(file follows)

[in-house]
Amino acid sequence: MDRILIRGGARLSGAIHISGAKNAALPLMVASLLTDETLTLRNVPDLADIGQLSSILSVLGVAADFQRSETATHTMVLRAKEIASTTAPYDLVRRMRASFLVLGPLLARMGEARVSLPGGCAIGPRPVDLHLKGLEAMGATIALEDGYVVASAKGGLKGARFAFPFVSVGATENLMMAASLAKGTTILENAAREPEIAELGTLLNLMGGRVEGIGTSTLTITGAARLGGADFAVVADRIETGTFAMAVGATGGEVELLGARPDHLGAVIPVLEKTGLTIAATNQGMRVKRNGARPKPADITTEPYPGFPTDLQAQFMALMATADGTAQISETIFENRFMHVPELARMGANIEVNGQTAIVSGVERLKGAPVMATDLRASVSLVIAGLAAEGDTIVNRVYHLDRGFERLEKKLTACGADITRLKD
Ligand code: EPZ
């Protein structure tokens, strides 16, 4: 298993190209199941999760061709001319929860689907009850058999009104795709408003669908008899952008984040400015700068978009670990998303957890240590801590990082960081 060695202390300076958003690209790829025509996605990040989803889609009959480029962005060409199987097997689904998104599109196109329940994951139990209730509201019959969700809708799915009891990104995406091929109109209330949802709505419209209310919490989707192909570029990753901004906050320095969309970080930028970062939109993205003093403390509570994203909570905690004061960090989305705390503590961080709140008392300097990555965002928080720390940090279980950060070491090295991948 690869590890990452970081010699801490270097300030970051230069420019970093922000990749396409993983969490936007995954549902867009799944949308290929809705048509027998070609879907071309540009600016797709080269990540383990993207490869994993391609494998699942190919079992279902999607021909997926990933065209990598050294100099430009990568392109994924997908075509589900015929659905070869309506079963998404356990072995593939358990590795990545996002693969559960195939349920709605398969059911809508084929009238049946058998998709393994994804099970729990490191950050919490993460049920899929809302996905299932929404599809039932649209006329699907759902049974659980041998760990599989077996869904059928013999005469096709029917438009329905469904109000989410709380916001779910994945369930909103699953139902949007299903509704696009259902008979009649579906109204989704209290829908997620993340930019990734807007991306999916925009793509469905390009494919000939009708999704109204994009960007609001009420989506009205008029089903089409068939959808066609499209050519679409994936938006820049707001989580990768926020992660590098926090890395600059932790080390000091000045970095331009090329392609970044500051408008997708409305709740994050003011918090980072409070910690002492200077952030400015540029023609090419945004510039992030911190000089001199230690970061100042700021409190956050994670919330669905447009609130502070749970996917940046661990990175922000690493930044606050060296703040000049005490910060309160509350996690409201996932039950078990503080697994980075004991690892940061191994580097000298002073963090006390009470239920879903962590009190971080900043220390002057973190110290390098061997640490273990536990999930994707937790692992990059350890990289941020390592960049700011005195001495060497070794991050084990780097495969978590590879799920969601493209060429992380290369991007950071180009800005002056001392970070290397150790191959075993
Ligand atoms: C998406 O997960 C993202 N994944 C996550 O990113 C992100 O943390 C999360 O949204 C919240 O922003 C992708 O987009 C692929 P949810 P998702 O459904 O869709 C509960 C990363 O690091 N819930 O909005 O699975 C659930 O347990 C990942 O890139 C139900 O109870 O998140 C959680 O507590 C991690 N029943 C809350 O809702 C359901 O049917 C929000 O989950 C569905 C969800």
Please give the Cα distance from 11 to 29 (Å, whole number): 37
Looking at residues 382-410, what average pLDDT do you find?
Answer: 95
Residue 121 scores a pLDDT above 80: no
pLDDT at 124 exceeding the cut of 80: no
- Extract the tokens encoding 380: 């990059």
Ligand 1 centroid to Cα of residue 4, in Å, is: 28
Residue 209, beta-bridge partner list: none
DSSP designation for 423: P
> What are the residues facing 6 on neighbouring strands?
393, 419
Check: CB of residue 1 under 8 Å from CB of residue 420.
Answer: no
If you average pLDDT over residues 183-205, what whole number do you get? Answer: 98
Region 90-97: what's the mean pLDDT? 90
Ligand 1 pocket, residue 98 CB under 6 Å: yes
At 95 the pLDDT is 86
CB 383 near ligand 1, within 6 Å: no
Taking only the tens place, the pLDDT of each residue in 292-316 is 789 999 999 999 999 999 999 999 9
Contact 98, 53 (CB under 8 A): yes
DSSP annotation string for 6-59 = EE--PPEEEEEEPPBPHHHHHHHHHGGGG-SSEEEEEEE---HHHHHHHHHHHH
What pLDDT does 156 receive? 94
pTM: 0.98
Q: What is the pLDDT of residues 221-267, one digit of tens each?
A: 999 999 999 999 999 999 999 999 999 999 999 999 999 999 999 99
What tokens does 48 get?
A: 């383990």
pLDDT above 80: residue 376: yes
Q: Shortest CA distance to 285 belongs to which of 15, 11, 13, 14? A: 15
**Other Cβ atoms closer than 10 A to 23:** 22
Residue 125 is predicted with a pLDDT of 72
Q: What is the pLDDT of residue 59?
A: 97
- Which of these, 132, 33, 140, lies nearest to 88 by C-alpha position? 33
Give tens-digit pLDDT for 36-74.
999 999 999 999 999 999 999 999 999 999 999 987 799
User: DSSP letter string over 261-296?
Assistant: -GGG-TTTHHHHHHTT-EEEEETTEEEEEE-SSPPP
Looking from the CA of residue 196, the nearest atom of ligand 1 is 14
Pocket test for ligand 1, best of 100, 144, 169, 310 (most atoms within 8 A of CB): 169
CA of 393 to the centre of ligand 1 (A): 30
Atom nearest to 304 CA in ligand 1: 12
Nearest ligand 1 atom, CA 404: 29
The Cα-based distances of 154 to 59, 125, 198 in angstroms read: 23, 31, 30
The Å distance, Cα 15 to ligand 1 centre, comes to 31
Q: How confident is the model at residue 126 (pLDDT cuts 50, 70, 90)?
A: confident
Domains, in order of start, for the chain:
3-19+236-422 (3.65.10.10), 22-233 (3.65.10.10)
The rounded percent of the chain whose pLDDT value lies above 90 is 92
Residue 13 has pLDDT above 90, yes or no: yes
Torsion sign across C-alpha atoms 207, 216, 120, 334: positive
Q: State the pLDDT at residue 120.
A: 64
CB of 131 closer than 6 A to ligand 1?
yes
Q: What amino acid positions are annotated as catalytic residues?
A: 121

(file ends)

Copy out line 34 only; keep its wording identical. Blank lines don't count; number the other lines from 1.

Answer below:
Q: Shortest CA distance to 285 belongs to which of 15, 11, 13, 14? A: 15